In the second half of 2015, the manufacturing industry changed. Apple bought Metaio, which had the second largest market share of augmented reality after Vuforia. Then Google invested in Magic Leap, Microsoft announced HoloLens, and the Needham MA-based computer-aided design and product development software company, Parametric Technology Corporation (PTC), bought Vuforia from Qualcomm. These moves by the technology superpowers ignited conversations around augmented reality and, inevitably, what it could be used for outside of the consumer space.
“Like the introduction of the steam engine in the 1800s, augmented reality is going to change everything in manufacturing and construction." Dexter Lilley EVP and COO of Index augmented reality Solutions
Augmented reality is already, and will play a larger role in day-to-day operations and training in the manufacturing sector. Companies have reported training times cut in half, and retention extended due to augmented reality. Day-to-day activities such as inspection, logistics, building, operations and maintenance all have use cases that will enable workers and technicians to do more, reduce the times some steps take and totally eliminate other steps (Fig. 6.9).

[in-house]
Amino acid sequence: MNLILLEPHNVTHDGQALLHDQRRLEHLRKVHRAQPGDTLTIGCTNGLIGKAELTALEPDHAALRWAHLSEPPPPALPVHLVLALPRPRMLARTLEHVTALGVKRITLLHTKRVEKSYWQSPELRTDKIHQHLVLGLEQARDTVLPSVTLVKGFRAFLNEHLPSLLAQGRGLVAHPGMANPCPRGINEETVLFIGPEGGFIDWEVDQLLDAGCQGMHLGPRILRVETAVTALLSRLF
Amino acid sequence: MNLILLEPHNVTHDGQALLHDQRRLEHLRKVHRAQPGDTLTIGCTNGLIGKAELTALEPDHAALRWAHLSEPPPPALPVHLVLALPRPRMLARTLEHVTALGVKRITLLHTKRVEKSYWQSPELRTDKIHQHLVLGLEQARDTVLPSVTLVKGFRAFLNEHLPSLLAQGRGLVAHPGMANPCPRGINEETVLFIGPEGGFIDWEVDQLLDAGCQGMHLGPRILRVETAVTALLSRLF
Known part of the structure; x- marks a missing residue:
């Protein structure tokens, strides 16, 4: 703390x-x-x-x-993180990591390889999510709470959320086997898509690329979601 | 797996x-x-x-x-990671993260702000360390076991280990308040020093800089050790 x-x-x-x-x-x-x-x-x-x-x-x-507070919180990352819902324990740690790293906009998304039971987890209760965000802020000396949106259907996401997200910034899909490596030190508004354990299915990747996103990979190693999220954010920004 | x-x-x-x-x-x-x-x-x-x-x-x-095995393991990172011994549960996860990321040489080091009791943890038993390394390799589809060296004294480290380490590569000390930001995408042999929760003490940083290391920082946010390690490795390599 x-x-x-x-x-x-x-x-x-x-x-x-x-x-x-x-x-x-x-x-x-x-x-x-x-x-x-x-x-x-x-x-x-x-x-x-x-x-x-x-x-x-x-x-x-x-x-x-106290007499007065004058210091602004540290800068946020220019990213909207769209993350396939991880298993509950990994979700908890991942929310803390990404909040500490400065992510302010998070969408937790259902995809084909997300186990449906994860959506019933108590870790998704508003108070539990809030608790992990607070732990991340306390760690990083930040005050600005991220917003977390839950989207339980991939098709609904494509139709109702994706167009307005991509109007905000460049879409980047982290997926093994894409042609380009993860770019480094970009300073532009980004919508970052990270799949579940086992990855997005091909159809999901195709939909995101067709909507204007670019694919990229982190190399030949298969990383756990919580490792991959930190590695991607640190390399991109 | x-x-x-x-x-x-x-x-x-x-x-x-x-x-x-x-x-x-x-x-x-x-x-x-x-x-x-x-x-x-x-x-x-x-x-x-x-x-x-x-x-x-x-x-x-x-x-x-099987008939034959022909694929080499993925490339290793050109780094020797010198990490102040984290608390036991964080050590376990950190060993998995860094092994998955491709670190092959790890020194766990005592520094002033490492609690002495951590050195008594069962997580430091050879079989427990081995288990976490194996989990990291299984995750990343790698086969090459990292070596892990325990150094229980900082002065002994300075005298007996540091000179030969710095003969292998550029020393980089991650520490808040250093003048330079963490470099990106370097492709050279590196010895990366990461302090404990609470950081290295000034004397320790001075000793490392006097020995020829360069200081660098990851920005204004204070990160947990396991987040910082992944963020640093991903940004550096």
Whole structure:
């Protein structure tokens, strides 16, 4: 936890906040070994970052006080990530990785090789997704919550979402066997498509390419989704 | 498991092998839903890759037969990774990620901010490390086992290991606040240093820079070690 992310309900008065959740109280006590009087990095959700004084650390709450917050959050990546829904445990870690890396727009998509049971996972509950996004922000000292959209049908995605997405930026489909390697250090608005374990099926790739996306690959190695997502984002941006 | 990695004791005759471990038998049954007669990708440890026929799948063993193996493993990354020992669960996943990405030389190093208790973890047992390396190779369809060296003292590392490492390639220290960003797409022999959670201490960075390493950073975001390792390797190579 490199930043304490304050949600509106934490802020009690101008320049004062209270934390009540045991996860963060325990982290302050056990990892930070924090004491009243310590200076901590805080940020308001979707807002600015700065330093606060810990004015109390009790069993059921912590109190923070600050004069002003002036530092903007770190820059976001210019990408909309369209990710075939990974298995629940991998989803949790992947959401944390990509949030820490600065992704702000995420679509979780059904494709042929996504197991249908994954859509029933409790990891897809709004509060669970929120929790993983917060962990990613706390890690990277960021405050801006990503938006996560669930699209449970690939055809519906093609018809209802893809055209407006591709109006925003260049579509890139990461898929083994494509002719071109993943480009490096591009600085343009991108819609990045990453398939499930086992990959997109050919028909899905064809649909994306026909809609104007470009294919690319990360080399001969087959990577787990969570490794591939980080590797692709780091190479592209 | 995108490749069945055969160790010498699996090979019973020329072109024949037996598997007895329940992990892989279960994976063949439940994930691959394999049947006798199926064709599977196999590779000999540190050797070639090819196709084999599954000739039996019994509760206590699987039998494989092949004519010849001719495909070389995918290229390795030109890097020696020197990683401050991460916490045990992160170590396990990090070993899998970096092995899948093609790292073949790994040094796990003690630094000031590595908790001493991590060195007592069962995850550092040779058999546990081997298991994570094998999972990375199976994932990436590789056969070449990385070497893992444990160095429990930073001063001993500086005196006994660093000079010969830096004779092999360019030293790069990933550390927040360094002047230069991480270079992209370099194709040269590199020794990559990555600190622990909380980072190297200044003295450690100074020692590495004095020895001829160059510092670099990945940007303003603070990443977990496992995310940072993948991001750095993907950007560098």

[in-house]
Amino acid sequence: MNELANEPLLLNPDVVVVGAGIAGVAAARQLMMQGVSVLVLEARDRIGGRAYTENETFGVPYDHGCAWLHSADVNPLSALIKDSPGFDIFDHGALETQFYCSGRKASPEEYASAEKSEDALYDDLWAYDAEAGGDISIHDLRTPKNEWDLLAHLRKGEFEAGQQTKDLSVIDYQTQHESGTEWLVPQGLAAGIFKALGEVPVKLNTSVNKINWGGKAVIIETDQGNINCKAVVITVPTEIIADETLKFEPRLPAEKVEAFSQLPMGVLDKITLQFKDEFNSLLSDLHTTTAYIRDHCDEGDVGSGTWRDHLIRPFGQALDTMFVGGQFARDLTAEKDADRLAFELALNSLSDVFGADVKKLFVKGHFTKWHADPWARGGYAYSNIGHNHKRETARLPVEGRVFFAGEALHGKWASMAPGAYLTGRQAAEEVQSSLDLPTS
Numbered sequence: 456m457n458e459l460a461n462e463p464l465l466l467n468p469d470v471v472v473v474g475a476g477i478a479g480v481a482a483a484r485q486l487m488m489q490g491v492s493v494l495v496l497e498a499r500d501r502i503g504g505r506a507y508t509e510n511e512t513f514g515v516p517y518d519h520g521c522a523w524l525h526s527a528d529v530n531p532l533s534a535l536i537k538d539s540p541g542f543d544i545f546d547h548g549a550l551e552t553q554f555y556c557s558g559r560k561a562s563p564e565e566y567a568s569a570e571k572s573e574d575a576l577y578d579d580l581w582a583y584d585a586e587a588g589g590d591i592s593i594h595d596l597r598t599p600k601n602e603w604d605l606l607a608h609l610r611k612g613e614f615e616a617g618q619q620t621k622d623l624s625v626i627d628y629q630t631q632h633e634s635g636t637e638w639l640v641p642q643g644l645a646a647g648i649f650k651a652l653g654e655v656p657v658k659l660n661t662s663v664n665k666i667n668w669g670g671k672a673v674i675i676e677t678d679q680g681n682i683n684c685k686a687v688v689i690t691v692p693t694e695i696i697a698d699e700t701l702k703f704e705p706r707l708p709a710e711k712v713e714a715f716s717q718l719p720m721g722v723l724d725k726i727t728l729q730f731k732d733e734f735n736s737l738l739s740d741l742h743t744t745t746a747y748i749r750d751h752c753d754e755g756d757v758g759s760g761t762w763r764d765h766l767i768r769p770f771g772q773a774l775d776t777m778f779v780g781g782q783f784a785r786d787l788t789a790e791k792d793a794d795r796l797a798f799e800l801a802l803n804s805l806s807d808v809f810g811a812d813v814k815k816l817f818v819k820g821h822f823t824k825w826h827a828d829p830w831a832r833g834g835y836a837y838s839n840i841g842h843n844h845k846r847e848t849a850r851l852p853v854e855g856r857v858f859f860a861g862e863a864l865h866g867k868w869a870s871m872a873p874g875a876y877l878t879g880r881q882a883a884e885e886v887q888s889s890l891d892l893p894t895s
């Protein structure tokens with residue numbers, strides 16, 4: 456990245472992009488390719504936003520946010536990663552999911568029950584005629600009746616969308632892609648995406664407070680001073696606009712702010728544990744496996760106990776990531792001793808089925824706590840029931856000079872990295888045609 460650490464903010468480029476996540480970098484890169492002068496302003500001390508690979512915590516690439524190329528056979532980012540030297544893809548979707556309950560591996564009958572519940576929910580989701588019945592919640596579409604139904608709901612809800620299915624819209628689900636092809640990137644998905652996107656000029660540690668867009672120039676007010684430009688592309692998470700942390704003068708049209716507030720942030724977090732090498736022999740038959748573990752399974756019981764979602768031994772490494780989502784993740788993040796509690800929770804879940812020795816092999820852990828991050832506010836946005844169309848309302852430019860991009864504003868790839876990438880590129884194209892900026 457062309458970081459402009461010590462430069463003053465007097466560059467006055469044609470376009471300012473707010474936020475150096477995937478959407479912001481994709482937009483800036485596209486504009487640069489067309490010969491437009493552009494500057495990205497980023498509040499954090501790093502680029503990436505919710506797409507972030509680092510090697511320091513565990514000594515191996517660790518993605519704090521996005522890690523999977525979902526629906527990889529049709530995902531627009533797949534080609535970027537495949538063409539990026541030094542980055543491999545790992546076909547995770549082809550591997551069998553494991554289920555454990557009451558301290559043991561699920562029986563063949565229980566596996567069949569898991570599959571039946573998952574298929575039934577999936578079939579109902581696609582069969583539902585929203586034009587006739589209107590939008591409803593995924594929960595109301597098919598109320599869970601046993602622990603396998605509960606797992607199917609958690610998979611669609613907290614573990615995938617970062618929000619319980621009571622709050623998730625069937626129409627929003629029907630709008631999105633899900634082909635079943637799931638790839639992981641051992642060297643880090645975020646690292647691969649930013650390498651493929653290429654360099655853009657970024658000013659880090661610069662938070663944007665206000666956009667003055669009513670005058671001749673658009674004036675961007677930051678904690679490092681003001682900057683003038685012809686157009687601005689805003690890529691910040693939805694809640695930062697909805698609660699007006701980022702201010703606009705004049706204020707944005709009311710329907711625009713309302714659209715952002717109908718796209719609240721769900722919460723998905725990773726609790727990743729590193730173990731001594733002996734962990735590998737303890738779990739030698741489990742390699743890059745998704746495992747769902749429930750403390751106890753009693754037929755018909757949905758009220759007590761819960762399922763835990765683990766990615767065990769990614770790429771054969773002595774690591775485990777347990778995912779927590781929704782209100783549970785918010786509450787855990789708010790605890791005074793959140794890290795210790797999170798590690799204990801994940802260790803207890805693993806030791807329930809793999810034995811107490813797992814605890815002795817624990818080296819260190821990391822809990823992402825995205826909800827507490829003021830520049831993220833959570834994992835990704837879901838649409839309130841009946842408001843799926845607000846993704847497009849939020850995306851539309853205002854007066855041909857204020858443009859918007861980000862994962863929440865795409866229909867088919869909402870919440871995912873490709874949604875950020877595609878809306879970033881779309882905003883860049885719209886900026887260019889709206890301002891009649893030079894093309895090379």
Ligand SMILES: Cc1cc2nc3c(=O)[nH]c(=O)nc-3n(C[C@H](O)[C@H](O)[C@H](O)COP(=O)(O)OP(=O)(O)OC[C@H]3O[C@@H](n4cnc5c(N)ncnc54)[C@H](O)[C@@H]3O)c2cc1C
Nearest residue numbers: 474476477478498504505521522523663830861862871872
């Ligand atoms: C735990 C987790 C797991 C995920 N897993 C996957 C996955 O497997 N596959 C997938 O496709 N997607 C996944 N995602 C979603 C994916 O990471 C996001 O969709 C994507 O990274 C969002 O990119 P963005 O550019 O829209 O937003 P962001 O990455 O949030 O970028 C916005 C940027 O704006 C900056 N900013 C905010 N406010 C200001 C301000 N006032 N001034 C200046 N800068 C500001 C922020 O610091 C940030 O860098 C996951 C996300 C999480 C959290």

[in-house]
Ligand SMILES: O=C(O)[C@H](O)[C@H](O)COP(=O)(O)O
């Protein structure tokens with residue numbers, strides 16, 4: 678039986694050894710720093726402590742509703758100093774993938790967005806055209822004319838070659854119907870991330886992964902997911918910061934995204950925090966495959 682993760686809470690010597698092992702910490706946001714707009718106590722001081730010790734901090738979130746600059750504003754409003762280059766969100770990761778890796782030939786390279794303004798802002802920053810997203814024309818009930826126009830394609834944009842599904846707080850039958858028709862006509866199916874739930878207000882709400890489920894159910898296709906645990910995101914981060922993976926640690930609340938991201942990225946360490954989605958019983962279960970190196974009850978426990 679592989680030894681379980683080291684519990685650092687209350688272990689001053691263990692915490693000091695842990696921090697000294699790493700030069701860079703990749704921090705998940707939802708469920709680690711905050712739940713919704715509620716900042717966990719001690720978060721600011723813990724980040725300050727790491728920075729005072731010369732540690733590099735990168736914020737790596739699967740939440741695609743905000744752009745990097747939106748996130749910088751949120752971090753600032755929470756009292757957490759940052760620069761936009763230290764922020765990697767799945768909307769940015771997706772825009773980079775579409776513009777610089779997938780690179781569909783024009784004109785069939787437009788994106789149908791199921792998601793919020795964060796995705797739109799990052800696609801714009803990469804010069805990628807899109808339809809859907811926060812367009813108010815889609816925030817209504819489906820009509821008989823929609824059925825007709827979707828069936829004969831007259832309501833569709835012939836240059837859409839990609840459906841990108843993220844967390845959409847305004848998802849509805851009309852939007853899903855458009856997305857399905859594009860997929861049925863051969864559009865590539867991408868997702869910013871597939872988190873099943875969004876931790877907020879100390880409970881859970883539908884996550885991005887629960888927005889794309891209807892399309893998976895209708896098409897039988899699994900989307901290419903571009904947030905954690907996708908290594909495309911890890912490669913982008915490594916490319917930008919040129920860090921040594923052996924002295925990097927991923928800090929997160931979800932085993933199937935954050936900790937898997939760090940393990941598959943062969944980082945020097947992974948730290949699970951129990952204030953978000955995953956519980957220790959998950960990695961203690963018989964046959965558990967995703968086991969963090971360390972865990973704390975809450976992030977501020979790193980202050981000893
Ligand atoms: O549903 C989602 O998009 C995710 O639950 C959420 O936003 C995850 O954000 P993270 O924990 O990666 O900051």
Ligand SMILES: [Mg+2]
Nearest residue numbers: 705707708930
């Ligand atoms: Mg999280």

Clearly, augmented reality will be ubiquitous in industrial environments. There will be an on-going evolutionary trend of usage which will rapidly become revolutionary as companies begin to understand the tremendous impact that augmented reality technology can have on their top and bottom lines.